The Syracuse University Libraries’ Digital Library stewards locally produced digital content by coordinating and managing the technical activities and infrastructure that produce, describe, manage, and preserve this content. It also supports research, teaching, and learning by facilitating access to content from program participants and partners while encouraging creative engagement and use.

Our Infrastructure

Tech Stack Infrastructure Diagram

The above diagram updated March 2024 is an abstracted model of the digital library infrastructure employed at Syracuse University Libraries. As such, it demonstrates the digital activities and workflows in a general sense, but may not account for specific use cases and collections.

The diagram shows activities happening in five vertical blocks and an additional horizontal block crossing the bottom of the image.


Beginning at the center, the model identifies two areas of digital library content production. First, it acknowledges the image production that takes place in the Libraries Digital Production Unit; audio production that takes place in Belfer Labs; and other, multi-media content that may be digitized by vendors or our content stewards. In addition, the production block includes content added to the institutional repository (SURFACE, more below), including electronic theses and dissertations (imported from ProQuest) and other scholarly content created by faculty, staff, and students. Finally, web archive files or WARCs are identified as a production area, though this activity does not take place within the Libraries, it is simply managed and preserved by a third-party tool: Archive-it. Note that web-archiving is still in a very nascent stage at the Libraries.


Moving to the right, the model identifies the different systems the Libraries use to manage its digital assets. Quartex is the primary digital asset manager. It stores all the descriptive, administrative, and technical metadata (excluding certain metadata recorded only for digital preservation or metadata stored in the files themselves). It also stores access files for all the Libraries digitized objects and drives access to published collections. Content specialists also use this platform to access unpublished, digitized materials for reference and teaching purposes.

The Libraries also manage a customized instance of Kaltura for its vast audio-visual access files, though these are run through Quartex for end-user access.

Digital Commons powers the institutional repository and open scholarship services at the Libraries.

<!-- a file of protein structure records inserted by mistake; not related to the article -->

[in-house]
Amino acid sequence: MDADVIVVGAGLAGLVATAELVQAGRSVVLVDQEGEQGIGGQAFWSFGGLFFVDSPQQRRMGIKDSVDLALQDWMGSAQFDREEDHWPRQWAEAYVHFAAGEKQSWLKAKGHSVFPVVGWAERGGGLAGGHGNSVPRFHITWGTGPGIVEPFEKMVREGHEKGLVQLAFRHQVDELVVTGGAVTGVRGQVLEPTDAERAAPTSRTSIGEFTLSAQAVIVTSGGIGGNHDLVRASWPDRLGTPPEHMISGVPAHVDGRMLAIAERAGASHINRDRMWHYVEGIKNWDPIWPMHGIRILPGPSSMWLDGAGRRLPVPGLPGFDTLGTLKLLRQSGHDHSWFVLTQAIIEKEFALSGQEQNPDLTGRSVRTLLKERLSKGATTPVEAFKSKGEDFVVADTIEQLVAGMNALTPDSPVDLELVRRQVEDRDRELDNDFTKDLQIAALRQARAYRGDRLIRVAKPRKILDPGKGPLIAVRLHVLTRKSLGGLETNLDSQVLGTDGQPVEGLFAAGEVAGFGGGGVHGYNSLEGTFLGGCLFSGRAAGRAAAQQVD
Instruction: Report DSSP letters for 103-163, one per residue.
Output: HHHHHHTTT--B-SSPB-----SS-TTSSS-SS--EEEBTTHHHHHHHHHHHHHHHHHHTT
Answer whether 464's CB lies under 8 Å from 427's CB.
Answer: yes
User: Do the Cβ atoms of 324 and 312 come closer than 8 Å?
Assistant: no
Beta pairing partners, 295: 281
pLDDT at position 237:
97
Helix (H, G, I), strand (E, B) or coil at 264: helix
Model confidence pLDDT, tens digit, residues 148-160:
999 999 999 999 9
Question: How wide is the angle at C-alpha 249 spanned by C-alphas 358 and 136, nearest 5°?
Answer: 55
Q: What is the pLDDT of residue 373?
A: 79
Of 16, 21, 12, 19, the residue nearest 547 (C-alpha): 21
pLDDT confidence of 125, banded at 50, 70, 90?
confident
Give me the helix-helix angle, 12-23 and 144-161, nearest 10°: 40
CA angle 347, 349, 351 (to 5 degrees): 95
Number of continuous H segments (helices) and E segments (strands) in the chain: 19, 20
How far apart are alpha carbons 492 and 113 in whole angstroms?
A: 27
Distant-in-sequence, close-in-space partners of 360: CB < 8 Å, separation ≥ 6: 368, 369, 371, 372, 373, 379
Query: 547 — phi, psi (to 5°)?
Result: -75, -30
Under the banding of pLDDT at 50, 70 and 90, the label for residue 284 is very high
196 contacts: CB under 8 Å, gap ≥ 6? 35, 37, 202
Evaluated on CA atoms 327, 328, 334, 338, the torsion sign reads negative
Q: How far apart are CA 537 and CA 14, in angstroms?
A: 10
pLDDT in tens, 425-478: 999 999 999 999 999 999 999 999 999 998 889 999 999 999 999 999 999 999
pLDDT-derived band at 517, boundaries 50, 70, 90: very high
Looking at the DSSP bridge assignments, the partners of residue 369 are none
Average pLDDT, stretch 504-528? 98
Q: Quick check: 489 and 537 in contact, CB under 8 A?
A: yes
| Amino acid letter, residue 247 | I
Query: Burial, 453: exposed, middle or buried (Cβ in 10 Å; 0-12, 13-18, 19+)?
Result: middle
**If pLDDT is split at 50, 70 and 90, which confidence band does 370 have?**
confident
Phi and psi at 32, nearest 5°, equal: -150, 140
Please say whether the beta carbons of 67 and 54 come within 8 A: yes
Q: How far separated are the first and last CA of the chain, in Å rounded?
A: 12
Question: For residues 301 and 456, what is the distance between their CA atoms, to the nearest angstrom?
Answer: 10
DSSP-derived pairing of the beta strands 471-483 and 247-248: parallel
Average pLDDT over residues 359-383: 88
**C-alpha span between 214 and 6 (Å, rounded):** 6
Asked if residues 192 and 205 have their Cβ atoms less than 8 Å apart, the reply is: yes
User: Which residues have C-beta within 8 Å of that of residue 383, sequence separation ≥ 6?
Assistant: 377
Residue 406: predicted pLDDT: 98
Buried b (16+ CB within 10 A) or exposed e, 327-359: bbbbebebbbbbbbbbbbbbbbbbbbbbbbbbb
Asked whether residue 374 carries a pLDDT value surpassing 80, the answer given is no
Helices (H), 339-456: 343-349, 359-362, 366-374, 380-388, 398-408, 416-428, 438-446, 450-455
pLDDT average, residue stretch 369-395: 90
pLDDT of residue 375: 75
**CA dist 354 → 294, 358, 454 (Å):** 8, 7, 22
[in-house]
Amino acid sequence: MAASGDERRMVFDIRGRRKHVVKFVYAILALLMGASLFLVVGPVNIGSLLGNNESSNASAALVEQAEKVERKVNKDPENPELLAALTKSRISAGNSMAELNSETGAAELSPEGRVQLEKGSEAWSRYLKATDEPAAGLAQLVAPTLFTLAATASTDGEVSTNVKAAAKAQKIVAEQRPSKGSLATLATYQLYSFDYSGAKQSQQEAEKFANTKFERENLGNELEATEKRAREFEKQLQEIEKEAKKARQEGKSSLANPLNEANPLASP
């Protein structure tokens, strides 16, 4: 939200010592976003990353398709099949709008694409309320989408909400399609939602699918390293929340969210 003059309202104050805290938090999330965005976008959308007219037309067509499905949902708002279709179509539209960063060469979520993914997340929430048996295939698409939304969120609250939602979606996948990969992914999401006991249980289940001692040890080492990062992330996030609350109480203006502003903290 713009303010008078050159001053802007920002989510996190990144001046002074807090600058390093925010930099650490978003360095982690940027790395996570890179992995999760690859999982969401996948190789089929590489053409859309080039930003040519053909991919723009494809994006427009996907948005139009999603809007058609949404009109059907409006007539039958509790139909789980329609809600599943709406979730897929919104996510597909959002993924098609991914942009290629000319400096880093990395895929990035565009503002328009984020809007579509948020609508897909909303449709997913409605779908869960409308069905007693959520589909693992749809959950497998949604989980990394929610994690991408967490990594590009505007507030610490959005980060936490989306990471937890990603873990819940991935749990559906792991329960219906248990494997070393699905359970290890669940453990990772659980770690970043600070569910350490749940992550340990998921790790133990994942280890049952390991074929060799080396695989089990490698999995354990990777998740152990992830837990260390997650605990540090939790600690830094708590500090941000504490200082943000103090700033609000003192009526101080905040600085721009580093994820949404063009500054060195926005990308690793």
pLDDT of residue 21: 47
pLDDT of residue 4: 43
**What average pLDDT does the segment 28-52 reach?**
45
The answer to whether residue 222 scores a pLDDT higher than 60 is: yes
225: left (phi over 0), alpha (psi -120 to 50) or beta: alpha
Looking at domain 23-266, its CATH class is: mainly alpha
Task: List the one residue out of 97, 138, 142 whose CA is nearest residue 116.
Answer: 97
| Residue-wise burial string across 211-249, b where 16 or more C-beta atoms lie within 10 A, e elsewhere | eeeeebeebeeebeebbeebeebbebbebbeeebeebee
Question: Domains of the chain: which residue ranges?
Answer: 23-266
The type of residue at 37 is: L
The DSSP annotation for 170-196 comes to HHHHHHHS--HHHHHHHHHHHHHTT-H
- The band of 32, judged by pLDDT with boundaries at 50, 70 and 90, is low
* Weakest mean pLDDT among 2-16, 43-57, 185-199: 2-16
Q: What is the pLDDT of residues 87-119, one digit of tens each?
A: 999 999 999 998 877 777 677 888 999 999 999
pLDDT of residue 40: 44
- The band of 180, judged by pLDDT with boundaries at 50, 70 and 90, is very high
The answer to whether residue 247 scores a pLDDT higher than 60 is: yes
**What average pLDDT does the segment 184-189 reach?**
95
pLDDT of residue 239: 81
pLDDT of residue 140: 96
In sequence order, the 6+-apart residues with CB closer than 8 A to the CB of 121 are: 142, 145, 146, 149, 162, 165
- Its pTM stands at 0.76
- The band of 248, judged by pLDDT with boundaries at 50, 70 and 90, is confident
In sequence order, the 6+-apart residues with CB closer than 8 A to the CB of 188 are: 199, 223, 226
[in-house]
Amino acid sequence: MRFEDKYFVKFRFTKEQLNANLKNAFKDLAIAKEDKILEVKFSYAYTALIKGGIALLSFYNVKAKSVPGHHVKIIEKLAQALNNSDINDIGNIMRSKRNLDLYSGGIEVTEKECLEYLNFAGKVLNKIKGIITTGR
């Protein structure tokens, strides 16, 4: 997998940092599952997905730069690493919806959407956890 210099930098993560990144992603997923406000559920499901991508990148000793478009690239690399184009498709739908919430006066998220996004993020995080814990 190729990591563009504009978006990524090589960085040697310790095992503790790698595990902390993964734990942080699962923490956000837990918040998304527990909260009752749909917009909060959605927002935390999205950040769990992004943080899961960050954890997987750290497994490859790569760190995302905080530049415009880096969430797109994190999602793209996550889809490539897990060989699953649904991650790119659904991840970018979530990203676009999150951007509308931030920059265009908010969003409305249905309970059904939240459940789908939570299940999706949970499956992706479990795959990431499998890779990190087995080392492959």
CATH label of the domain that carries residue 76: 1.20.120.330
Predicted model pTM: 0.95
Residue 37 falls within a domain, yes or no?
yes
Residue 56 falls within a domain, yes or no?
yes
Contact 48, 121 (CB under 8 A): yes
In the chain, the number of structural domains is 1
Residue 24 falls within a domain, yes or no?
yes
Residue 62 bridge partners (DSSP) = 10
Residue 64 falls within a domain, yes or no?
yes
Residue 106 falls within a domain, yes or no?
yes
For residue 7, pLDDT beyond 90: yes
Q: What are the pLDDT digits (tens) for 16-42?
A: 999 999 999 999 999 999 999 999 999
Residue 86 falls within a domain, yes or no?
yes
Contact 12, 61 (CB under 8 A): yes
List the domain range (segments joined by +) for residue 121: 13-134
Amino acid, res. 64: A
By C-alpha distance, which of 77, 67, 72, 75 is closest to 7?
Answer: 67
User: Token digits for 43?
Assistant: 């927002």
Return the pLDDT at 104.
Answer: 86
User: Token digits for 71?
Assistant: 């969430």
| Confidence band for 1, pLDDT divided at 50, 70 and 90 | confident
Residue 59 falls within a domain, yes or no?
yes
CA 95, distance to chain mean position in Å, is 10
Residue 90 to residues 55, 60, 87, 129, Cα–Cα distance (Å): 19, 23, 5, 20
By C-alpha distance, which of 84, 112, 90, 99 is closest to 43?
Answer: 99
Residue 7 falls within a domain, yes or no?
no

Moving to the block on the far right, the model shows how end-user access is accomplished in the digital library infrastructure. Most published collections managed in Quartex and Kaltura are made available through the Syracuse University Libraries Digital Collections portal, though we manage several bespoke websites as well, including: the IVMF Digital Library, the Marcel Breuer Digital Archive, the Ted Koppel Digital Collection, and Our Stories. Our institutional repository, SURFACE, provides access to digital objects created in the course of scholarly production on the Syracuse University campus.


Returning to center and moving left from the production block, the model outlines digital preservation activity taking place in two distinct spheres. First, the Libraries uses Preservica for its internally managed digital preservation activity and master/primary file management. Objects stored in the institutional repository are preserved in a dedicated LOCKSS environment, managed by the vendor.


Moving to the block on the far left, the model identifies the current storage environment for archival primary files. Most are staged and stored temporarily on hard drives or network drives before being transferred into Preservica. Preservica, as the arrows demonstrate, then transfers files back into an Amazon Web Services storage environment, using a combination of Glacier (for dark storage) and S3 for assets retrieved on a regular basis. Currently, the Libraries has more than 200 terabytes of content and counting. We are still investigating the various possibilities for external redundancies for archival primary file storage.